We learned lots and had lots of fun today at Telus World of Science! We got to watch the Thermal Theatrics demonstration on the science stage which tied in perfectly with our unit on hot and cold temperatures, and we participated in the Splish Splash program led by our science expert Derek which culminated our class' unit on Exploring Liquids. We also got to explore a number of the exhibits in the facility thanks to our four wonderful volunteers!
We had a week with lots of Science learning as we focused on how all living things need and contain water, the water cycle, the threat of pollution to accessing clean water, and a review of our learning so far. You can see the students poster PSAs about water conservation (like the ones above) on Seesaw!
In this Science recently the students had to plan a waterproofing solution for some pretend placemats that we were planning for our prospective (pretend) Millgrove Restaurant. The students set to work testing out different solutions to our restaurant's problem. They found that wax crayons and rubber cement made the paper waterproof, but felt markers and pencils did a poor job. We recommended that the restaurant use the wax crayons because customers likely wouldn't want their lunch tasting like rubber cement!
We also examined different densities of liquids, and the absorbencies of different materials. We found that corn syrup is very dense, while cooking oil has a very low density. We also discovered that sponges are extremely absorbent, while nylon fabric, plastic wrap, and tinfoil are extremely poor absorbers. 2B would certainly suggest using a sponge rather than tinfoil to clean up a spill!
This week in Science we performed several experiments with water that explored its property of cohesion. Cohesion means that water molecules are attracted to each other which makes water droplets tend to stick together. Because of cohesion, there is surface tension at the surface of water, and we were able to do all sorts of neat tricks with the water because of the unique property of this liquid!
Our class has been busy experimenting with various liquids this week since we started our new unit on Exploring Liquids on Monday. There are a lot of hands on experiments to conduct, and the students have already had lots of fun learning about different liquids and their properties. In this unit, we will be learning how to:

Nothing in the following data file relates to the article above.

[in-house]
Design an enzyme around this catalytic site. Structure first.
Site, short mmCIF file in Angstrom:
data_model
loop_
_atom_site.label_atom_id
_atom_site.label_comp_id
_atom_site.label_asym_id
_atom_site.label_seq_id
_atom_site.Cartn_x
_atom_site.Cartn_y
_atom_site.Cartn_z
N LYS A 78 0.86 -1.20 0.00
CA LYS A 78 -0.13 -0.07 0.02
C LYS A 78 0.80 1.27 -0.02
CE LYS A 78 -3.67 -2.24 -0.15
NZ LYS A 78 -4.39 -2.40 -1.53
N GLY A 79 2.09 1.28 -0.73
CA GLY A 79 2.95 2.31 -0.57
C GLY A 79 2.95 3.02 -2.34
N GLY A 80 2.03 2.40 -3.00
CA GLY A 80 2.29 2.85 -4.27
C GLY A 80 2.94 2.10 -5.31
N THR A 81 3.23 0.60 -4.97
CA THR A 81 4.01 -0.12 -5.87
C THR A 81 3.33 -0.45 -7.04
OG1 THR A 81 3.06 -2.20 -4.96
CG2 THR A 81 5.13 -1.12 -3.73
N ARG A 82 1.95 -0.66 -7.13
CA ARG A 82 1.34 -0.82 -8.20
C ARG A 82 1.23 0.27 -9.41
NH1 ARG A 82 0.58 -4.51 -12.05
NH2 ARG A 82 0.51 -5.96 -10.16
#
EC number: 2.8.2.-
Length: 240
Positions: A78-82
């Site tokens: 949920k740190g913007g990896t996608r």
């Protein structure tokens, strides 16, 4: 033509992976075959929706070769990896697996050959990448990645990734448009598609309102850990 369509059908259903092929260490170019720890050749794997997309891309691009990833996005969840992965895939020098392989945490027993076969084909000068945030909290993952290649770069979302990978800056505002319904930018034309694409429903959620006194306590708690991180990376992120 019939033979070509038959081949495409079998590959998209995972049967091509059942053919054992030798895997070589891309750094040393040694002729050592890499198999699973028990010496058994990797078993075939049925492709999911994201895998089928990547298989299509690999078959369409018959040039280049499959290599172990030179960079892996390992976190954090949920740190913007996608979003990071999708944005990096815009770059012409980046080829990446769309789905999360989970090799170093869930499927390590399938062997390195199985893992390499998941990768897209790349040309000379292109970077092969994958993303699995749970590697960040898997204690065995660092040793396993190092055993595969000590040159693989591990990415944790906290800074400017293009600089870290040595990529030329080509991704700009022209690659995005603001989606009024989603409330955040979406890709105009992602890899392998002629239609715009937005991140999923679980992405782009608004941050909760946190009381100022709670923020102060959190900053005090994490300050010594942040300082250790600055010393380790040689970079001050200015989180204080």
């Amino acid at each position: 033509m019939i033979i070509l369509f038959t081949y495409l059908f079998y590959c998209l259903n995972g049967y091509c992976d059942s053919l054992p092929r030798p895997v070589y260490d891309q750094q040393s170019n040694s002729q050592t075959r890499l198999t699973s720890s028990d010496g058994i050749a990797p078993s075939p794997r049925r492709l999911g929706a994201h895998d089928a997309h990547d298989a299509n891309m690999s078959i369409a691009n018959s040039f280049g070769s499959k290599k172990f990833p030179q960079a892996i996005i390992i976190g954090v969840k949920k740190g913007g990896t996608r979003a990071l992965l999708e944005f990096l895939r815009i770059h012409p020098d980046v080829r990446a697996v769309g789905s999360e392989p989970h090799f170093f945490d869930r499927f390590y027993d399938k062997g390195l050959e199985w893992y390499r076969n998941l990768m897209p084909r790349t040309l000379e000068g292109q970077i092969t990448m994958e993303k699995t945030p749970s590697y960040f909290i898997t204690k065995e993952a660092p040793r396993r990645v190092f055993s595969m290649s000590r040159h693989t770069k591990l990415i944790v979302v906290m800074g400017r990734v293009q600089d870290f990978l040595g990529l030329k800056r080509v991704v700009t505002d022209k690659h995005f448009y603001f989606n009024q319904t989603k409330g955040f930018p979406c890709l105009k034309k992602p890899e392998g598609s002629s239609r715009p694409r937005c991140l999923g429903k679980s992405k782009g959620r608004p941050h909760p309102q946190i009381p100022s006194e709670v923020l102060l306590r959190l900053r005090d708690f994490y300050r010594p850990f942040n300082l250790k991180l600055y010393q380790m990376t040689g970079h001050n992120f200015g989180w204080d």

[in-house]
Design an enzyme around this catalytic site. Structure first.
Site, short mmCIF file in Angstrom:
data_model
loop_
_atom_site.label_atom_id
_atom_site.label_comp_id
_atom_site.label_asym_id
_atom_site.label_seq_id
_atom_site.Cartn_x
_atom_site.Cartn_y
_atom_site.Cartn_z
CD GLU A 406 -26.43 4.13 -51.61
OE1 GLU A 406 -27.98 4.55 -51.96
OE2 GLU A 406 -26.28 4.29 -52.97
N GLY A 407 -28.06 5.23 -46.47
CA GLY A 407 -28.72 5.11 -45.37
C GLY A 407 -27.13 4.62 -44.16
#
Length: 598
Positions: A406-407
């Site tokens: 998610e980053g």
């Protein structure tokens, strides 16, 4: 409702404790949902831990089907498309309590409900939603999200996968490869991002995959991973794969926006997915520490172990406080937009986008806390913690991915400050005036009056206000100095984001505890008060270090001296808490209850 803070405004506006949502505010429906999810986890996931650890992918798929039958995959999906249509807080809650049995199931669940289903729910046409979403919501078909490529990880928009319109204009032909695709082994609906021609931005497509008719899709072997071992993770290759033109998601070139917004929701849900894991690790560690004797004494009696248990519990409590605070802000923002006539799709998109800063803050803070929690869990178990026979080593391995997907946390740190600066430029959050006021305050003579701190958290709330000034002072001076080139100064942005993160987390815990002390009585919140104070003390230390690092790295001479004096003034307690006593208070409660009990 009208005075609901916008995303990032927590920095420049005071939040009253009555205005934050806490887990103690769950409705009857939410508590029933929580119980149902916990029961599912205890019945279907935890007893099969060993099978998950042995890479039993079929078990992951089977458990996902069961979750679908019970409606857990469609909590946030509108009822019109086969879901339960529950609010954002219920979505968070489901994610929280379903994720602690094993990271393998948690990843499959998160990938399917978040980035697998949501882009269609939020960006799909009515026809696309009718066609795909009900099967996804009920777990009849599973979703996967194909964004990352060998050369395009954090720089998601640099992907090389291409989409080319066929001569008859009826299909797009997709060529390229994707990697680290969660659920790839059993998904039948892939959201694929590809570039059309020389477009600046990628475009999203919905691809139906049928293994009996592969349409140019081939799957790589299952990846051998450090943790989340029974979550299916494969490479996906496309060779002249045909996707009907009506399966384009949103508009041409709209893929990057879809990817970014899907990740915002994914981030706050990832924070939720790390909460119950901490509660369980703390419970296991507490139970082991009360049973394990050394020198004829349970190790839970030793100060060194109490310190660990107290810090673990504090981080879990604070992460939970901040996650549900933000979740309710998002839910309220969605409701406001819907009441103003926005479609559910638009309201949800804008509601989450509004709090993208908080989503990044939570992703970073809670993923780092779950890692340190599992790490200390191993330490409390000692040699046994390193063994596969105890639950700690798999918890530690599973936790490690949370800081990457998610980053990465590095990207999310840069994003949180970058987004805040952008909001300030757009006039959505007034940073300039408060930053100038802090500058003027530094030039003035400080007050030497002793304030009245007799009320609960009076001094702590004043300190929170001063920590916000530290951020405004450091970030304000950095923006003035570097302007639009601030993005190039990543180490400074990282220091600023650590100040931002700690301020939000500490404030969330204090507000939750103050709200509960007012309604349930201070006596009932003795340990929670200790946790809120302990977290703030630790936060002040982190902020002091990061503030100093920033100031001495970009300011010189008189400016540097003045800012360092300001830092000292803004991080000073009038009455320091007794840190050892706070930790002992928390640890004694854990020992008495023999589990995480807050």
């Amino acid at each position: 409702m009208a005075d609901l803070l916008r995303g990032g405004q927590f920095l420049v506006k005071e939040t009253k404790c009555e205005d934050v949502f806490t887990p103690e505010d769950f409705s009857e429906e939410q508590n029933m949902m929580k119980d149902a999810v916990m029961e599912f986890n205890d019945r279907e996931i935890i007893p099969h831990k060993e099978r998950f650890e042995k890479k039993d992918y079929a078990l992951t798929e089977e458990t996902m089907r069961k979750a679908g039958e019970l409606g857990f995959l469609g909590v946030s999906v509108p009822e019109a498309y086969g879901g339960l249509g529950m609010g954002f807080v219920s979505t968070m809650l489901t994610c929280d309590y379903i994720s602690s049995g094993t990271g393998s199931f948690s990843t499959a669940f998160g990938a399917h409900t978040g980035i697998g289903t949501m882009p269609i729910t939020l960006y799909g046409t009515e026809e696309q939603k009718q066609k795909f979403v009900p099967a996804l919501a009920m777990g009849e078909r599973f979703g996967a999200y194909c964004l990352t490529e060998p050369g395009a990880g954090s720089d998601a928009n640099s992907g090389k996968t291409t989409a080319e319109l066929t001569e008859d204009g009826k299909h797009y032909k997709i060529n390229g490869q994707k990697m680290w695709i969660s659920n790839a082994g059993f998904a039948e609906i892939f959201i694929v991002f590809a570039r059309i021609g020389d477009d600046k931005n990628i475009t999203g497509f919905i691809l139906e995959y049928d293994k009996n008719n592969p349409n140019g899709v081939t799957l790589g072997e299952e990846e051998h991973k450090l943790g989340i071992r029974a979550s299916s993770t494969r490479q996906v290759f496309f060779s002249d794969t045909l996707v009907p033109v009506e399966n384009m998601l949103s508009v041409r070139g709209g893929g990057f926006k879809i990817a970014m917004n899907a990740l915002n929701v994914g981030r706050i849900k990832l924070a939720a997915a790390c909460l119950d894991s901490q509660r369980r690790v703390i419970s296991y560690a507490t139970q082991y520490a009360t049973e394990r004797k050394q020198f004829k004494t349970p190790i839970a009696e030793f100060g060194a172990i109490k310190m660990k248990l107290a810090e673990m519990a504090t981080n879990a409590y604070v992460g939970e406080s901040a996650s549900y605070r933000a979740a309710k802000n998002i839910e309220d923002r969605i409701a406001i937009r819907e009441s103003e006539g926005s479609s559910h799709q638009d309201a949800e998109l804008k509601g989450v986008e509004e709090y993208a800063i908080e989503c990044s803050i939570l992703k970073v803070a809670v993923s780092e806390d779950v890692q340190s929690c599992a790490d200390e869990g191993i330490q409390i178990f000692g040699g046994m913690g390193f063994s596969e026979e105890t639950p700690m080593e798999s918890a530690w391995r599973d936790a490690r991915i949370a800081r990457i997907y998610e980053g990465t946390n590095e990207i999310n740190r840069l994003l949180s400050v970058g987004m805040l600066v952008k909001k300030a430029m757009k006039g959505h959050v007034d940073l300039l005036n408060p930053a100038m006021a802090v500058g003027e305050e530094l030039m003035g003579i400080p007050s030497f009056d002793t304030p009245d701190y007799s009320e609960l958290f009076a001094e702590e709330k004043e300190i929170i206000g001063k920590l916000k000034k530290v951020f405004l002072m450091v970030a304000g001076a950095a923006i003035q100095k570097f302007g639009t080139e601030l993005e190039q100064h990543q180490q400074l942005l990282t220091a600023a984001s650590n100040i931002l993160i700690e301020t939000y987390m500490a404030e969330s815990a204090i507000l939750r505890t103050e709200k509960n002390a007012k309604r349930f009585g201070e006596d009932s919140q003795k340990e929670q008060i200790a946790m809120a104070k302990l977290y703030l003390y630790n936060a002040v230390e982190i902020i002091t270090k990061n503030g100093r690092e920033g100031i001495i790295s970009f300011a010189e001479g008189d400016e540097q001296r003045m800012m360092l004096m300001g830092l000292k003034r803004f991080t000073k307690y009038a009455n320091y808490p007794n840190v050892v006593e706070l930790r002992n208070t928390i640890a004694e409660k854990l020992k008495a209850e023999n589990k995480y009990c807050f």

Keep an eye out for more of our experiments on liquids over the next couple of months, and watch the videos below if you'd like to keep up with some of the concepts we're learning in class and see 2B's slow motion liquid race!
Two of the learning outcomes in our Science unit on Hot and Cold Temperatures involve the students' understanding of insulation and how it keeps materials hot or cold. The class has had fun looking at real-life insulators this week in Science, and wrote about different insulation facts using the iPads this week. We definitely need effective insulators in our cold winter weather!
We are enjoying our science unit on hot and cold temperatures in 2B! Some highlights have included baking potatoes to see how materials are altered with temperature changes, measuring temperatures with thermometers, and examining how heat rises. The students observed the differences between raw and cooked potatoes, and discovered that raw potatoes smell like potato chips and French fries (you can watch the video below to see how heat is used in the making of potato chips). If you’d like to review the outcomes of this unit, you can take a look at the ten outcomes in the slideshow below!
Not only are we learning all about hot and cold temperatures in our class, but we can also portray temperatures using colour! We learned about warm and cool temperatures in Art last week, and you can see your child's winter snowflake that we painted using cool colours (such as purple, blue, and green) on Seesaw!
With the arrival of colder weather and snow this month, we’ve started a new unit on Hot and Cold Temperatures in Science. We've been exploring different uses of thermometers, learning about different temperatures, and comparing the high and low temperatures from day to day. In this unit, we will be learning:
Stay tuned for our further learning about hot and cold temperatures!
We were very lucky to have a distinguished guest, Dr. Jeffrey Newton from the Alberta Science Network, visit our class today and teach us all about magnetism! He brought in a variety of very interesting materials, along with demonstrating and involving us in a variety of experiments. We have now wrapped up our learning on magnets, and the students are officially magnet experts!
Mrs. Barker is a grade two teacher at Millgrove School. She loves science and reading, and lives in a little brick house with Mr. Barker and her kids Jack and Ellie.